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Thanks Ron Miller

by Walter Olson on November 29, 2013

Known to some of our readers through his Maryland Injury Lawyer Blog, and to many others as one of our most valued commenters (bringing the perspective of a seasoned plaintiff’s attorney, a perspective I will confess is sometimes lacking here otherwise), Ron also teaches a course on insurance law at the University of Baltimore School of Law. Last week he was kind enough to invite me to stop by and present my own perspective on the role of insurance in tort law. (Nutshell version: the insurance mechanism is exceedingly imperfect, and legal theorists and policy makers often go astray by assuming that it works more smoothly than it does.) Thanks, Ron!

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Quest for deep pockets: the homeowners’ insurer had already thrown in its policy limits over an accident in which an 18 year old guest allowed to consume alcohol at a private home had injured himself in a car crash. Now an Ocean County, N.J. judge has ruled that the party host’s auto insurer can also be obliged to provide coverage under a general liability endorsement, ruling it irrelevant that the accident had nothing to do with the insured’s own cars. [New Jersey Law Journal]

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They appear to be going nowhere in state legislatures:

A mandate for gun buyers could be more challenging than for drivers, given insurers’ aversion to the risk from assaults. That compares with U.S. auto insurance, where companies spend more than $5 billion a year to win customers in a $178 billion market.

“That’s why things like mandatory auto insurance kind of work, because you’ve already got a highly functional market and it’s a matter of herding the last stragglers into it,” Walter Olson, a senior fellow at the Cato Institute, a think tank dedicated to limited government, said in an interview. “But when there is no functional insurance market at all for some kind of risk, it’s a different question.”

It doesn’t help that the ObamaCare episode has raised public resistance to the idea of mandatory insurance. Related: even two authors somewhat favorably disposed toward the idea, and who believe it might be enacted in some forms without overstepping the Constitution, predict its effect in reducing injury by deterring negligent gun handling would “probably not be very great.” [Stephen Gilles and Nelson Lund, Regulation magazine (Cato, PDF)]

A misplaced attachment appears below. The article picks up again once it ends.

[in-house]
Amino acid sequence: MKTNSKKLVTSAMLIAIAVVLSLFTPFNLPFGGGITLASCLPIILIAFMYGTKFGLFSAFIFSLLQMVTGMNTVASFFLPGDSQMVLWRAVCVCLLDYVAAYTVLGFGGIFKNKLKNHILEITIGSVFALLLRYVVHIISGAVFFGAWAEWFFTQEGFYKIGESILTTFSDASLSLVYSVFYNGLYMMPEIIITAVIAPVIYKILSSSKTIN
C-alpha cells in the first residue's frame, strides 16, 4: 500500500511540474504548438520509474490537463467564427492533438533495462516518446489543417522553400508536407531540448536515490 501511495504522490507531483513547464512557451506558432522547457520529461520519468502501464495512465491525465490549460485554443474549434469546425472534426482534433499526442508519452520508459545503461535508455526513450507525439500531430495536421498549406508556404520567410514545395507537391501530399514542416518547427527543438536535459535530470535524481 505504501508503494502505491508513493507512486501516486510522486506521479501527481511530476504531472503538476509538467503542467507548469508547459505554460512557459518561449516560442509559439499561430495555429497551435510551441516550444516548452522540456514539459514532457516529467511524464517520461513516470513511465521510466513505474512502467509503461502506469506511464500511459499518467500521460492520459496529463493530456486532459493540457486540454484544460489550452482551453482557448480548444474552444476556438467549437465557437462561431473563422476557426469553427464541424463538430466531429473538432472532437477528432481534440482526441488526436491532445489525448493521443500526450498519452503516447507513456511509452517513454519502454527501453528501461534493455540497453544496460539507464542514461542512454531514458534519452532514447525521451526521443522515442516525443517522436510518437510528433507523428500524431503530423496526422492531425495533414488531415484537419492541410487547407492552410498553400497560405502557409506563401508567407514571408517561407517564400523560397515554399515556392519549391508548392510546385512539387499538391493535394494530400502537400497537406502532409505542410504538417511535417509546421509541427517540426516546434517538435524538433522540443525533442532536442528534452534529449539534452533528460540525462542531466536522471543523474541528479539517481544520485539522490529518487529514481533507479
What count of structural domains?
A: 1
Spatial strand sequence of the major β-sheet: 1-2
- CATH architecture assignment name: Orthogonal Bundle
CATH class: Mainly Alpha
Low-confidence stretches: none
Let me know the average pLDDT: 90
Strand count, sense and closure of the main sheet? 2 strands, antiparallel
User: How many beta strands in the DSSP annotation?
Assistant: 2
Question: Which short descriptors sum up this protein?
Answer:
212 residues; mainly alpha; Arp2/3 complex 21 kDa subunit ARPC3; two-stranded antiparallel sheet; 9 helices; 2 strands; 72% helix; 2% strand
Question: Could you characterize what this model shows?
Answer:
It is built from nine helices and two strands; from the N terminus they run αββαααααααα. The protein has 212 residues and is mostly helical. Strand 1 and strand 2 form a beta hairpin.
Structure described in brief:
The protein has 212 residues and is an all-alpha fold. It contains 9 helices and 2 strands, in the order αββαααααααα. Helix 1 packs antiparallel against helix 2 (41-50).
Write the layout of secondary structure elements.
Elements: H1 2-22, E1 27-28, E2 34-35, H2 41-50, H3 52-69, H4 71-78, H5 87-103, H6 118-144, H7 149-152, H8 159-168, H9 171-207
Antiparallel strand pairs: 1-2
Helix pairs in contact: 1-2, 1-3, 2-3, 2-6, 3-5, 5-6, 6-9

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May 26 roundup

by Walter Olson on May 26, 2013

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A Houston-based trial lawyer has some grandiose plans for snagging New York storm-insurance cases: Steve Mostyn “indicates his firm should be able to take on more than $1 billion in disputed claims — or half of all the Sandy litigation.” That’s assuming clients sign on, of course. One who did was a swim club owner from Pound Ridge who was frustrated dealing with New York lawyers and quickly signed a contract with Mostyn’s firm: “It is worth the 40 percent just for someone to listen to my story and be kind to me,” she said. [Austin American-Statesman]

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Law schools roundup

by Walter Olson on March 15, 2013

  • Harold Lasswell and Myres McDougal’s influential article on legal education figures prominently in Schools for Misrule; Henry Manne says their scheme of actual classroom pedagogy did less well [Bainbridge]
  • Deanship of local plaintiff’s attorney at St. Louis U. is short, colorful [NLJ]
  • GW lawprof trips, falls at Denver Law event, now in court [Above the Law]
  • Law reviews requiring authors to sign indemnity clauses. Reason for alarm? [Dan Markel, Prawfs]
  • Out-of-touch law academy, vol. 18: Duke prof dismisses floodgates arguments on principle [Ted Frank]
  • “Should Law Reviews Consider Race When Selecting Articles?” (and do they?) [Josh Blackman]
  • Insurance is an undercovered topic in the law school curriculum, so Randy Maniloff decides to do an intervention [Coverage Opinions, PDF, lead article]

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“Liability insurance” may be a misnomer, since some of the proposals would require the purchase of bonds against both intentional acts commonly excluded from ordinary liability coverage, and also misadventures for which owners would not presently be held legally responsible (such as third party criminal use of a gun following a theft not occasioned by owner negligence.) [Reuters, Nelson Lund/GMU, Jessica Chasmar/Washington Times, New York Times via Fed Soc, Taranto/WSJ, Josh Blackman]

Would a mandatory insurance scheme survive judicial scrutiny if it were motivated by a desire to burden the exercise of a constitutional right? David Rifkin and Andrew Grossman, WSJ: